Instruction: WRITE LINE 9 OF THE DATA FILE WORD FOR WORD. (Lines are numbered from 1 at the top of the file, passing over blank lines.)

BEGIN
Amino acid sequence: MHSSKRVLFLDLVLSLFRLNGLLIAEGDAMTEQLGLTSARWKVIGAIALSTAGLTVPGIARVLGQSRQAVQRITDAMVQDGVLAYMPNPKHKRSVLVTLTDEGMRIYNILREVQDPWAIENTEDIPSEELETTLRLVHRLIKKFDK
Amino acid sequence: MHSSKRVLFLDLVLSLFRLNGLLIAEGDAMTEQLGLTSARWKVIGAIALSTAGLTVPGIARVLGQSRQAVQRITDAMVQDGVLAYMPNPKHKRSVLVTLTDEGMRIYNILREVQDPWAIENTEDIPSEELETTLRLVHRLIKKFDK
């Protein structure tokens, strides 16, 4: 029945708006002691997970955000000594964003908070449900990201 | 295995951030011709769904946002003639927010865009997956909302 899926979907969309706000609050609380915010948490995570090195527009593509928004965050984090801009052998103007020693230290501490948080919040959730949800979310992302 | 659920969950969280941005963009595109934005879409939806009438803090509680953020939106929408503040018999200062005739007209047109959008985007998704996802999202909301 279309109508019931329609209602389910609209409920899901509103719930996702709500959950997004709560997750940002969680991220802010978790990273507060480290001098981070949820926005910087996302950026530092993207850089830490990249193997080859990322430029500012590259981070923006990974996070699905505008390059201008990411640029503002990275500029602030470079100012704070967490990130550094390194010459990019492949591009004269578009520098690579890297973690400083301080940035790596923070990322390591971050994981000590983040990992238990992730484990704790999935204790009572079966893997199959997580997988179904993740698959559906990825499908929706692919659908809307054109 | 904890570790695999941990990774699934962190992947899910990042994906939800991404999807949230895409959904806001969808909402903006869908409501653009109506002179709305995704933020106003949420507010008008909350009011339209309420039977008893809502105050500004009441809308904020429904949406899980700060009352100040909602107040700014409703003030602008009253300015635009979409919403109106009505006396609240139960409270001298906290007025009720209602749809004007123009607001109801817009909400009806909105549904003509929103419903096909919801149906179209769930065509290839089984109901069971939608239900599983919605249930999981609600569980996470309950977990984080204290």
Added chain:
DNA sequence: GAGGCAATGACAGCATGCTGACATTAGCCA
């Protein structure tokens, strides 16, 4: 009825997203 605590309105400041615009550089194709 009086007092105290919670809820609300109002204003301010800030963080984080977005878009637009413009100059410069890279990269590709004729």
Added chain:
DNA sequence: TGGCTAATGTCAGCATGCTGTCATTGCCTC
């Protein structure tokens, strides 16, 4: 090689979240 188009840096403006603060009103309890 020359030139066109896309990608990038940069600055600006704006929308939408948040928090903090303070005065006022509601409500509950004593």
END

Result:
């Protein structure tokens, strides 16, 4: 090689979240 188009840096403006603060009103309890 020359030139066109896309990608990038940069600055600006704006929308939408948040928090903090303070005065006022509601409500509950004593």